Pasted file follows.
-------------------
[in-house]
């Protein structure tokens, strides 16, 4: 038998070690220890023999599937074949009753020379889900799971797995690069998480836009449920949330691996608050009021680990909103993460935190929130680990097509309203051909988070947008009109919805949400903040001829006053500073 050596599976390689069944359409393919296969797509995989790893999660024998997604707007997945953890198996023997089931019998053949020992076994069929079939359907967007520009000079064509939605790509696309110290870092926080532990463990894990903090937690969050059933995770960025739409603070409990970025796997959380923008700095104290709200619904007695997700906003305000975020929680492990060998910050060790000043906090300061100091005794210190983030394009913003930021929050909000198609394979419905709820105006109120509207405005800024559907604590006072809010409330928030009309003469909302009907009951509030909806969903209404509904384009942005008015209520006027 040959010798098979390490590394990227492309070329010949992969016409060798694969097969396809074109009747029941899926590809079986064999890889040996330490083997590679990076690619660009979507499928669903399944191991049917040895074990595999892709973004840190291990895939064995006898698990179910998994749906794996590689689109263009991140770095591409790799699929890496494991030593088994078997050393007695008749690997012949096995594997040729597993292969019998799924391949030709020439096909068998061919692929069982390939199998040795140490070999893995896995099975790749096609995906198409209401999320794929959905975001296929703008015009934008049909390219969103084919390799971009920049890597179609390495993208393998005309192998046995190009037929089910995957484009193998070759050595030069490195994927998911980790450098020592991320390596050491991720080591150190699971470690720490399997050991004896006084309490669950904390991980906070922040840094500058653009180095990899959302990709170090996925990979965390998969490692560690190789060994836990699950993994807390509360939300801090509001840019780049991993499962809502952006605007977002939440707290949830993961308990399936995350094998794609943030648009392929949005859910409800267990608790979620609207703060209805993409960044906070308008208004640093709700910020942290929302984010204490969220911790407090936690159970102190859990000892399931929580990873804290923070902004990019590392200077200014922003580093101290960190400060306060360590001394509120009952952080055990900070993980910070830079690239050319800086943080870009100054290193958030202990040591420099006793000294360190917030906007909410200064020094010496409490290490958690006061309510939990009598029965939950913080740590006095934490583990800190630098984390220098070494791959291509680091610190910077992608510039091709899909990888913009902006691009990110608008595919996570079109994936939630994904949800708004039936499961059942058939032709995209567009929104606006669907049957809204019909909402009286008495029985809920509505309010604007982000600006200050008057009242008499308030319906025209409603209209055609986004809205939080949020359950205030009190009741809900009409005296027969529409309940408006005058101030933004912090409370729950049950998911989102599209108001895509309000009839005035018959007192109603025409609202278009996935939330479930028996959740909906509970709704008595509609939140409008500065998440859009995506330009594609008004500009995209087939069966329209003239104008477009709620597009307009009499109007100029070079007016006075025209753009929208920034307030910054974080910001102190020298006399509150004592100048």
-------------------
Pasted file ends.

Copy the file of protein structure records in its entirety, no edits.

[in-house]
């Protein structure tokens, strides 16, 4: 038998070690220890023999599937074949009753020379889900799971797995690069998480836009449920949330691996608050009021680990909103993460935190929130680990097509309203051909988070947008009109919805949400903040001829006053500073 050596599976390689069944359409393919296969797509995989790893999660024998997604707007997945953890198996023997089931019998053949020992076994069929079939359907967007520009000079064509939605790509696309110290870092926080532990463990894990903090937690969050059933995770960025739409603070409990970025796997959380923008700095104290709200619904007695997700906003305000975020929680492990060998910050060790000043906090300061100091005794210190983030394009913003930021929050909000198609394979419905709820105006109120509207405005800024559907604590006072809010409330928030009309003469909302009907009951509030909806969903209404509904384009942005008015209520006027 040959010798098979390490590394990227492309070329010949992969016409060798694969097969396809074109009747029941899926590809079986064999890889040996330490083997590679990076690619660009979507499928669903399944191991049917040895074990595999892709973004840190291990895939064995006898698990179910998994749906794996590689689109263009991140770095591409790799699929890496494991030593088994078997050393007695008749690997012949096995594997040729597993292969019998799924391949030709020439096909068998061919692929069982390939199998040795140490070999893995896995099975790749096609995906198409209401999320794929959905975001296929703008015009934008049909390219969103084919390799971009920049890597179609390495993208393998005309192998046995190009037929089910995957484009193998070759050595030069490195994927998911980790450098020592991320390596050491991720080591150190699971470690720490399997050991004896006084309490669950904390991980906070922040840094500058653009180095990899959302990709170090996925990979965390998969490692560690190789060994836990699950993994807390509360939300801090509001840019780049991993499962809502952006605007977002939440707290949830993961308990399936995350094998794609943030648009392929949005859910409800267990608790979620609207703060209805993409960044906070308008208004640093709700910020942290929302984010204490969220911790407090936690159970102190859990000892399931929580990873804290923070902004990019590392200077200014922003580093101290960190400060306060360590001394509120009952952080055990900070993980910070830079690239050319800086943080870009100054290193958030202990040591420099006793000294360190917030906007909410200064020094010496409490290490958690006061309510939990009598029965939950913080740590006095934490583990800190630098984390220098070494791959291509680091610190910077992608510039091709899909990888913009902006691009990110608008595919996570079109994936939630994904949800708004039936499961059942058939032709995209567009929104606006669907049957809204019909909402009286008495029985809920509505309010604007982000600006200050008057009242008499308030319906025209409603209209055609986004809205939080949020359950205030009190009741809900009409005296027969529409309940408006005058101030933004912090409370729950049950998911989102599209108001895509309000009839005035018959007192109603025409609202278009996935939330479930028996959740909906509970709704008595509609939140409008500065998440859009995506330009594609008004500009995209087939069966329209003239104008477009709620597009307009009499109007100029070079007016006075025209753009929208920034307030910054974080910001102190020298006399509150004592100048």